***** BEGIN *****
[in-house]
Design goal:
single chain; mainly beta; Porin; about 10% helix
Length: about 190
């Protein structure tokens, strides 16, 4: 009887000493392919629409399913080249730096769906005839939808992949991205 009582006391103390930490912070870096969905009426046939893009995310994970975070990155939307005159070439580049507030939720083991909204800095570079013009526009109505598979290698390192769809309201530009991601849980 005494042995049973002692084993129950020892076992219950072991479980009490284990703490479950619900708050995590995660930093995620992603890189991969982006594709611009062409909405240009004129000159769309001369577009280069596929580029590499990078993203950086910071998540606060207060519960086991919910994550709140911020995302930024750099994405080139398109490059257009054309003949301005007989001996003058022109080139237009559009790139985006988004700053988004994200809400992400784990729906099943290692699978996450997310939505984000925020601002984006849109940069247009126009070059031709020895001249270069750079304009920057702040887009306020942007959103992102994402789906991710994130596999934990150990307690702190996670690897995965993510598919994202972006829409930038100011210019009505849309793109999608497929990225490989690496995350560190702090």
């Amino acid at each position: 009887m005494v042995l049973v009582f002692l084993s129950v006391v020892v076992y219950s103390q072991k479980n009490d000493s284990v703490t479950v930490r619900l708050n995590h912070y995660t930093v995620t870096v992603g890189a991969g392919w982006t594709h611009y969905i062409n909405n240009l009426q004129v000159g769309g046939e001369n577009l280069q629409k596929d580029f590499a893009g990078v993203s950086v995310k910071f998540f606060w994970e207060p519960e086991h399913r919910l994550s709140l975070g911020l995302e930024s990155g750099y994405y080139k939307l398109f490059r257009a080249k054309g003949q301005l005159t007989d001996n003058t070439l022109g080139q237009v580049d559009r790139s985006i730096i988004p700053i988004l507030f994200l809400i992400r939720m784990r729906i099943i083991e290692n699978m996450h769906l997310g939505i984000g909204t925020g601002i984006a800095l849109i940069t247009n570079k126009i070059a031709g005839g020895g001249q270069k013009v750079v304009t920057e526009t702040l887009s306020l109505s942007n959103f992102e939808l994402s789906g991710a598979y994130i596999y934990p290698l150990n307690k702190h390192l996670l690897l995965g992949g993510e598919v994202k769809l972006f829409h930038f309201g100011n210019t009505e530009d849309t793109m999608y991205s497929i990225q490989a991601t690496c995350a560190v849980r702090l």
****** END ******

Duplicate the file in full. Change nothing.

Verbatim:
[in-house]
Design goal:
single chain; mainly beta; Porin; about 10% helix
Length: about 190
């Protein structure tokens, strides 16, 4: 009887000493392919629409399913080249730096769906005839939808992949991205 009582006391103390930490912070870096969905009426046939893009995310994970975070990155939307005159070439580049507030939720083991909204800095570079013009526009109505598979290698390192769809309201530009991601849980 005494042995049973002692084993129950020892076992219950072991479980009490284990703490479950619900708050995590995660930093995620992603890189991969982006594709611009062409909405240009004129000159769309001369577009280069596929580029590499990078993203950086910071998540606060207060519960086991919910994550709140911020995302930024750099994405080139398109490059257009054309003949301005007989001996003058022109080139237009559009790139985006988004700053988004994200809400992400784990729906099943290692699978996450997310939505984000925020601002984006849109940069247009126009070059031709020895001249270069750079304009920057702040887009306020942007959103992102994402789906991710994130596999934990150990307690702190996670690897995965993510598919994202972006829409930038100011210019009505849309793109999608497929990225490989690496995350560190702090």
């Amino acid at each position: 009887m005494v042995l049973v009582f002692l084993s129950v006391v020892v076992y219950s103390q072991k479980n009490d000493s284990v703490t479950v930490r619900l708050n995590h912070y995660t930093v995620t870096v992603g890189a991969g392919w982006t594709h611009y969905i062409n909405n240009l009426q004129v000159g769309g046939e001369n577009l280069q629409k596929d580029f590499a893009g990078v993203s950086v995310k910071f998540f606060w994970e207060p519960e086991h399913r919910l994550s709140l975070g911020l995302e930024s990155g750099y994405y080139k939307l398109f490059r257009a080249k054309g003949q301005l005159t007989d001996n003058t070439l022109g080139q237009v580049d559009r790139s985006i730096i988004p700053i988004l507030f994200l809400i992400r939720m784990r729906i099943i083991e290692n699978m996450h769906l997310g939505i984000g909204t925020g601002i984006a800095l849109i940069t247009n570079k126009i070059a031709g005839g020895g001249q270069k013009v750079v304009t920057e526009t702040l887009s306020l109505s942007n959103f992102e939808l994402s789906g991710a598979y994130i596999y934990p290698l150990n307690k702190h390192l996670l690897l995965g992949g993510e598919v994202k769809l972006f829409h930038f309201g100011n210019t009505e530009d849309t793109m999608y991205s497929i990225q490989a991601t690496c995350a560190v849980r702090l």